Last week Farida "Kokikhel" Afridi, director of the Society for Appraisal and Women Empowerment in Rural Areas (SAWERA), a Pakistani non-governmental organisation dedicated to women's and children's rights, was murdered in the Khyber tribal region area as she travelled to her office. Witnesses saying they saw two motorcyclists following Afridi before they opened fire and sped away --- she was shot once in the head and twice in the neck, dying in hospital of her wounds.
The 25-year-old activist co-founded SAWERA with her sister Noorzia in 2004. Despite threats, she criticised the government, the Taliban, and the patriarchal nature of Pakistani society, which she saw as one of the main obstacles to women's empowerment.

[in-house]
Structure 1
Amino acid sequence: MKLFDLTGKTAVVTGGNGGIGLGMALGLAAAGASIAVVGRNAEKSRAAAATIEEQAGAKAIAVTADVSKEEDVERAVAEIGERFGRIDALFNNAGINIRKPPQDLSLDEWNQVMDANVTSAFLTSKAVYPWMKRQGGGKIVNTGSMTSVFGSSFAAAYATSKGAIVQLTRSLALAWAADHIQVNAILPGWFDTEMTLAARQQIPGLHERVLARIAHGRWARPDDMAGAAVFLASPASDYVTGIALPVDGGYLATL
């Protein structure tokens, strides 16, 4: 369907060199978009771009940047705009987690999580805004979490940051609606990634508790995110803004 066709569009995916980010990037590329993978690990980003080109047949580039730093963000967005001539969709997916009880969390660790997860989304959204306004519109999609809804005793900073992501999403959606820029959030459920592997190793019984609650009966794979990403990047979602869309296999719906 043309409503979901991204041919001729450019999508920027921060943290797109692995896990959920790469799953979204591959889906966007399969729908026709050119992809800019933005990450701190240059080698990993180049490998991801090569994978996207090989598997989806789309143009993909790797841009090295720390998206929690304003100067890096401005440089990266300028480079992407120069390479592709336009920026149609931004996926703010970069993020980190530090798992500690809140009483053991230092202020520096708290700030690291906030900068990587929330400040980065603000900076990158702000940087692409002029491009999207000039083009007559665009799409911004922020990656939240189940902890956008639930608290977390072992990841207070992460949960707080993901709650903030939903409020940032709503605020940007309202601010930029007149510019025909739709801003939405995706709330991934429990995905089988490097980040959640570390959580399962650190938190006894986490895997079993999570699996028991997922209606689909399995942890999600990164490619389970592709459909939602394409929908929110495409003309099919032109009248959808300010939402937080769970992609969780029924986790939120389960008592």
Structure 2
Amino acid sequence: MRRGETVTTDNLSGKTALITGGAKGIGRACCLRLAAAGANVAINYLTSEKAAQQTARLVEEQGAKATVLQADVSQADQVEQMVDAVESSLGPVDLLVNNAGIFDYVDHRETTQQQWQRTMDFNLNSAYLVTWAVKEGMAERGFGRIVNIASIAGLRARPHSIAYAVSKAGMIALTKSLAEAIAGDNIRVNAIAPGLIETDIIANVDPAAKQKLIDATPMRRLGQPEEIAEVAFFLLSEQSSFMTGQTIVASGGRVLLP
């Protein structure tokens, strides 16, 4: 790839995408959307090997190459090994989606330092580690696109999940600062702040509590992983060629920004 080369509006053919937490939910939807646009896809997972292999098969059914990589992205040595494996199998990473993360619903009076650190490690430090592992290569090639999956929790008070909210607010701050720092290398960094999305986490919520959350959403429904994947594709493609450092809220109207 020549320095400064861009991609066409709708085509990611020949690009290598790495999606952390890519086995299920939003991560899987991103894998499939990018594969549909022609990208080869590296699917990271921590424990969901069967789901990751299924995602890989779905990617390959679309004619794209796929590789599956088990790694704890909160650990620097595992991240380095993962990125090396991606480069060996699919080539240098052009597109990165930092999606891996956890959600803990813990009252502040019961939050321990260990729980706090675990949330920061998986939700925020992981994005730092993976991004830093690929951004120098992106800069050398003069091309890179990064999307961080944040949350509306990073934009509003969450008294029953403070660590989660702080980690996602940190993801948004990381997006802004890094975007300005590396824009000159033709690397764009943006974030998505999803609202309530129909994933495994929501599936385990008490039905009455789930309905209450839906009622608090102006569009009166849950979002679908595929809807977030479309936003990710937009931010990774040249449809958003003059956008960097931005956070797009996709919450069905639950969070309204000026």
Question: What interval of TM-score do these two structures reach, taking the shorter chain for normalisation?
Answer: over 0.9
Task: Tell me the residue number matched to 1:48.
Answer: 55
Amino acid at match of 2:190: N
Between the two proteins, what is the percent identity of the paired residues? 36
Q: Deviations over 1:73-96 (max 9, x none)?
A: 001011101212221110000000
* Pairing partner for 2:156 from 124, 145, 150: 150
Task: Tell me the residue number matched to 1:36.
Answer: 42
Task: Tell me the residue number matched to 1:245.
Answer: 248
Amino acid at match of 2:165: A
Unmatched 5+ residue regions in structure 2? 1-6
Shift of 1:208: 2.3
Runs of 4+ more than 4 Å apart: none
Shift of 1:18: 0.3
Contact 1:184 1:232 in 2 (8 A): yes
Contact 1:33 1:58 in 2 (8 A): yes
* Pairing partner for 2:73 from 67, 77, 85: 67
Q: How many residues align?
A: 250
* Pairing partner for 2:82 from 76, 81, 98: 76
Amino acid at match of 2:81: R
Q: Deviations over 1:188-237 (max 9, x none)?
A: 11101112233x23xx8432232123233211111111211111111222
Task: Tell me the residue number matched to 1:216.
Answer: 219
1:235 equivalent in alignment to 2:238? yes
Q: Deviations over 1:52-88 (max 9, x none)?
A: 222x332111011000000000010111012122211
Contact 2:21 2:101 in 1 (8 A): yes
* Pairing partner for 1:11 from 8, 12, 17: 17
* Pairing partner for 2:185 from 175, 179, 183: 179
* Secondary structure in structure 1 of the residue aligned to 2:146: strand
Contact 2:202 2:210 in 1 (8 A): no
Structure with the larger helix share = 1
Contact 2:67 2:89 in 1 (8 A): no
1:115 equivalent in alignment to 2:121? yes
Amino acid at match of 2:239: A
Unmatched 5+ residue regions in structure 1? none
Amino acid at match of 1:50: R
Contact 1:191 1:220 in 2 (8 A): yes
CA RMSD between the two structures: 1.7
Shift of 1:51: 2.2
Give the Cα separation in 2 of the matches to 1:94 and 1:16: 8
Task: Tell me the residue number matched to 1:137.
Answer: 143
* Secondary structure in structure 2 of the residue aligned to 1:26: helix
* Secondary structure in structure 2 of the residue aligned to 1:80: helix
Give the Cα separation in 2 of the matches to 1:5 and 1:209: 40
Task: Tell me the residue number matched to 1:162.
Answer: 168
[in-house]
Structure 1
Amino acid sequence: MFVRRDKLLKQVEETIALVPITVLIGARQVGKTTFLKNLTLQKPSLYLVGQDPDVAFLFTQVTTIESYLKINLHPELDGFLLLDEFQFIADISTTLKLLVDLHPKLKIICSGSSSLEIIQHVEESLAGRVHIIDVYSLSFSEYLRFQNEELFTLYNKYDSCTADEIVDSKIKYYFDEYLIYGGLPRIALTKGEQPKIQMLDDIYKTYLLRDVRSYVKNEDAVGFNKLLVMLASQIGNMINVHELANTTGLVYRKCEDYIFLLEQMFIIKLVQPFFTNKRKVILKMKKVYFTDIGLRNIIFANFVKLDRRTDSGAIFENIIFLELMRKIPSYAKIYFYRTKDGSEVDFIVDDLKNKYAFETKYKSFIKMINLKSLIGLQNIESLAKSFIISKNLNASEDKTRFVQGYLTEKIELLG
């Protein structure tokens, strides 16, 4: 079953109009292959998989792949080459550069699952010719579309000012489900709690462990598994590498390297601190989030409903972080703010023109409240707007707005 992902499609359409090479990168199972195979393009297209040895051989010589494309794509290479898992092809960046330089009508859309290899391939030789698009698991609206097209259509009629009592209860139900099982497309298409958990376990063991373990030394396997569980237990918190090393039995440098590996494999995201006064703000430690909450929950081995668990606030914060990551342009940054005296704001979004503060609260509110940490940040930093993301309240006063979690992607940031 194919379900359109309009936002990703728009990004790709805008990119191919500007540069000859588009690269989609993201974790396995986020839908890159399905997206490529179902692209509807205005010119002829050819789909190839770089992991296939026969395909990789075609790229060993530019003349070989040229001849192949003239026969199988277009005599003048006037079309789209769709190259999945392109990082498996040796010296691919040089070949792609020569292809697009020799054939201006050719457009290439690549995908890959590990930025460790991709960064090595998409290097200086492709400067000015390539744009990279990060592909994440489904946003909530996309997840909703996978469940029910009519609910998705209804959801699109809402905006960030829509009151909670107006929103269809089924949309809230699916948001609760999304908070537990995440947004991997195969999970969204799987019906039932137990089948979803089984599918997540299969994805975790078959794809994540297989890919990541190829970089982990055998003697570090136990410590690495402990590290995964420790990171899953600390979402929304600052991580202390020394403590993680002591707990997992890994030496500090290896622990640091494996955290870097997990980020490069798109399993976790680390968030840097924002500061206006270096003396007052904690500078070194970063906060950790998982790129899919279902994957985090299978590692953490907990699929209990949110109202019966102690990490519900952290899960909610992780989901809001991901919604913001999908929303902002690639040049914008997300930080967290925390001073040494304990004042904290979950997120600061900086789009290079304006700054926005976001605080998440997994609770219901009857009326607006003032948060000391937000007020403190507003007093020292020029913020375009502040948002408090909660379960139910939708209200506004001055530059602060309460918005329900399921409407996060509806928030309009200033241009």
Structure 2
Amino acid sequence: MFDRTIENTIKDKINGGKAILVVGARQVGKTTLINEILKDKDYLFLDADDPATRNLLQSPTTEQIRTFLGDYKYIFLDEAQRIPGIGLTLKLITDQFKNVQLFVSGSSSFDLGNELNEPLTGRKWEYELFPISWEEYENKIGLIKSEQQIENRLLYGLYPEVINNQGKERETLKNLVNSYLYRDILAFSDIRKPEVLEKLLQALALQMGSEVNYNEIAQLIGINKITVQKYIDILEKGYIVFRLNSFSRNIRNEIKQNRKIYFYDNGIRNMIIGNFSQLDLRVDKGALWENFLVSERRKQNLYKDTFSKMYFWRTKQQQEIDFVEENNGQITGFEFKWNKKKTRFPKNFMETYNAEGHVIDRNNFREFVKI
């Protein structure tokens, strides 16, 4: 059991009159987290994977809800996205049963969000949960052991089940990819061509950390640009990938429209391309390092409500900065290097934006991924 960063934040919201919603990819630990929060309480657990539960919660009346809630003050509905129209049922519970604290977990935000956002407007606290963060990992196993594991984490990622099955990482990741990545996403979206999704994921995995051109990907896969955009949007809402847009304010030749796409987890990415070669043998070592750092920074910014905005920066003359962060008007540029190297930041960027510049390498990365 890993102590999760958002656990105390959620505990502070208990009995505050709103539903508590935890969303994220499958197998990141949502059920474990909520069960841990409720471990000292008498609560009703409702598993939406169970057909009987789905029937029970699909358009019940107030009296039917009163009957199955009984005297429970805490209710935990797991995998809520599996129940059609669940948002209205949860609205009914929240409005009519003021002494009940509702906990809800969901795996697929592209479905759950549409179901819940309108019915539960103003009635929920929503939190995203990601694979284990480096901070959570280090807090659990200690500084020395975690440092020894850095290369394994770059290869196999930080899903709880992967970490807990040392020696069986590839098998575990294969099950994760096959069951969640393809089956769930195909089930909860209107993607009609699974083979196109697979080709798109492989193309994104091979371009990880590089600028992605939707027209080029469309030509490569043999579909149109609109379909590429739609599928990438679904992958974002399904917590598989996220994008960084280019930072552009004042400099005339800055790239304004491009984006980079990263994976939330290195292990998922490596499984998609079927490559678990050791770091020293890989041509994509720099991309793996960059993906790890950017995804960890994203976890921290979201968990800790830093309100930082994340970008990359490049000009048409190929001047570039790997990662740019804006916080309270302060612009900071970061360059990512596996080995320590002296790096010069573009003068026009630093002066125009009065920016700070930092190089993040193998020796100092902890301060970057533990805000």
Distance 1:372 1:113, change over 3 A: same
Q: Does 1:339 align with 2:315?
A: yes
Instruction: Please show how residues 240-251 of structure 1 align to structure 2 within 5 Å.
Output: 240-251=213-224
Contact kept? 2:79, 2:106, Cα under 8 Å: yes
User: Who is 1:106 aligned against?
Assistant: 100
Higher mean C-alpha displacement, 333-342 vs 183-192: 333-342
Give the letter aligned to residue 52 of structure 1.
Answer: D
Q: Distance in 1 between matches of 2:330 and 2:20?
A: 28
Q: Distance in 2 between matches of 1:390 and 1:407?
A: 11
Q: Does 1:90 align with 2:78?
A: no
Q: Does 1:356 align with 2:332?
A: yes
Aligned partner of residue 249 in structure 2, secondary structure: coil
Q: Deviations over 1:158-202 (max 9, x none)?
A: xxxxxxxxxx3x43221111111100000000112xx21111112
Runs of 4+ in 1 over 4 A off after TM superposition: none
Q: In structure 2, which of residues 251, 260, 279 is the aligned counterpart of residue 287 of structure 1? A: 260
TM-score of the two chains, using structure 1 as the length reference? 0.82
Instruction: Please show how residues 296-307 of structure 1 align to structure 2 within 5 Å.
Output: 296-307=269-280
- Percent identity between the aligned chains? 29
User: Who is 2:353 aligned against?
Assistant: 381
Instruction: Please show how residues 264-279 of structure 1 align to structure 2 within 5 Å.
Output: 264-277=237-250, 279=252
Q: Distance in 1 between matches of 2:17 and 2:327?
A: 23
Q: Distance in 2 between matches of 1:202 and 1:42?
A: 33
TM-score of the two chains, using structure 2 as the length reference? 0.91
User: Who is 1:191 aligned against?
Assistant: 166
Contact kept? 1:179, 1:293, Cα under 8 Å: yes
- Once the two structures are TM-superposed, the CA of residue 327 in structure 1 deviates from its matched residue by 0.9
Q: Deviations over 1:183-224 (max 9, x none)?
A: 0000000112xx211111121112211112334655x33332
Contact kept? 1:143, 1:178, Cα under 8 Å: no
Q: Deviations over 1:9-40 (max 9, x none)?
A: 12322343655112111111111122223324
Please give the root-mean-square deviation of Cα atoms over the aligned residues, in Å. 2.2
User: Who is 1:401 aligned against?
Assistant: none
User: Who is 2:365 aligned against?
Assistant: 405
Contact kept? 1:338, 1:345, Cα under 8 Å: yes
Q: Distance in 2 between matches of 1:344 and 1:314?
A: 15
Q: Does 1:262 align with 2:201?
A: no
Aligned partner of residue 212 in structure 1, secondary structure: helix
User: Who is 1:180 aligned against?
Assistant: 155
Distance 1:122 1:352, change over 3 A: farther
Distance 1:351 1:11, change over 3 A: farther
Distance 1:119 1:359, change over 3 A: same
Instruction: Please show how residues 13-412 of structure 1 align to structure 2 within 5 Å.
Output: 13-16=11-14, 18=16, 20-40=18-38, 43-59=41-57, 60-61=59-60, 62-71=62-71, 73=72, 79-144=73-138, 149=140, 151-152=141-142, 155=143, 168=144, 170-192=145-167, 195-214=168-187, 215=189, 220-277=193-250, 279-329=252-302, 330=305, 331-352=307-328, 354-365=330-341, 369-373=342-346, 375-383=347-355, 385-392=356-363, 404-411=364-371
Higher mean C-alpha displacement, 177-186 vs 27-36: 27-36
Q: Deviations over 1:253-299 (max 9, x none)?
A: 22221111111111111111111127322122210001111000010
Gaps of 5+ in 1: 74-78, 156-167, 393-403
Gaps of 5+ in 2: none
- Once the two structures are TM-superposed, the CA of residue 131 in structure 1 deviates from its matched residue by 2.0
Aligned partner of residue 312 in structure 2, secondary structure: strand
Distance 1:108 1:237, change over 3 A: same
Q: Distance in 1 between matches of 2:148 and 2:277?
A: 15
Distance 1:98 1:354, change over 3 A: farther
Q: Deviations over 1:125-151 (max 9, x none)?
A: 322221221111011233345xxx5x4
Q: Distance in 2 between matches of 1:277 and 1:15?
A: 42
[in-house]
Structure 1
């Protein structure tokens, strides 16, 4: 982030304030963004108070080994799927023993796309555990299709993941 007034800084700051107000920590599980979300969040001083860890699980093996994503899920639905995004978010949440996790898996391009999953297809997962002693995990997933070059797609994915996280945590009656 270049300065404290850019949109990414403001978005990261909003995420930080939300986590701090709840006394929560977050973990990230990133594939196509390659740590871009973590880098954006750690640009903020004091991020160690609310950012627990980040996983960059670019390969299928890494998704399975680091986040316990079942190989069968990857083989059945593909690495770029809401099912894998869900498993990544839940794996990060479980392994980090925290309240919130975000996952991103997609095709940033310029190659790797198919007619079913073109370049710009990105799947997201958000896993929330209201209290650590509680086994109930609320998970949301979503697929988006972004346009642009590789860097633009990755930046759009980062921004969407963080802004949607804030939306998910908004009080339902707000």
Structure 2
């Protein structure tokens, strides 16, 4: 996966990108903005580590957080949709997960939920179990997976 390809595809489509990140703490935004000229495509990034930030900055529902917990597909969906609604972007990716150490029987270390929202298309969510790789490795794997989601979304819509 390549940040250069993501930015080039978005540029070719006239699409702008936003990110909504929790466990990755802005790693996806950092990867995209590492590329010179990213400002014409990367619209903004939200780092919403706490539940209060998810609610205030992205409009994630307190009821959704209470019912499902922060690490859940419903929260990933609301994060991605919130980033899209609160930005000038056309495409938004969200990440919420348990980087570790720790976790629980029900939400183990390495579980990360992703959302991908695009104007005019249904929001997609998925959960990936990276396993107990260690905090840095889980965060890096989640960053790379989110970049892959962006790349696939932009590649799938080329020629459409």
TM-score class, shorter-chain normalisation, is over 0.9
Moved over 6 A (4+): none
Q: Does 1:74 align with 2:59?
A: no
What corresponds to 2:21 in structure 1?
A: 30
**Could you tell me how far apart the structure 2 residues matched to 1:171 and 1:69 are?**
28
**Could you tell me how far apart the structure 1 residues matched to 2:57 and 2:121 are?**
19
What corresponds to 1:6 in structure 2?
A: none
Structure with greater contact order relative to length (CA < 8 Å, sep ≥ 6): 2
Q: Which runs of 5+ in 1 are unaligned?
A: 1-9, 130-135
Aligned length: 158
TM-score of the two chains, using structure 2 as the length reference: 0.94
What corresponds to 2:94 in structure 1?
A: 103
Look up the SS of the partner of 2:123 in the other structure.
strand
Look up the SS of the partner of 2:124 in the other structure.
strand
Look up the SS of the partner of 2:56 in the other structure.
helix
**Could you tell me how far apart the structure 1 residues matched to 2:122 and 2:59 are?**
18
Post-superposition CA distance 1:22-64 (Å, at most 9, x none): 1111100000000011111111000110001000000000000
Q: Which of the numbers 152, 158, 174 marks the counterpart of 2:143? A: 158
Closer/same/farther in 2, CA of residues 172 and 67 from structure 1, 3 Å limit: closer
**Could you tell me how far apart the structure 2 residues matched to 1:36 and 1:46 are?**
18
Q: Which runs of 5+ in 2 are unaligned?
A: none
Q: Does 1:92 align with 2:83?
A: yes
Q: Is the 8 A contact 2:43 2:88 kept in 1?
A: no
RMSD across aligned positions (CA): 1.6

The Express Tribune wrote in an editorial of tribute and regret:
Farida Afridi was shot dead in cold blood for the crime of being a decent, caring human being. As the executive director of the human rights NGO, Sawera, Afridi was working in Fata performing the most thankless of jobs: trying to improve the plight of women in an area where many people have never even considered the concept of women’s rights.
Chris Crowstaff of Safe World for Women, a partner of SAWERA, offers further recollections.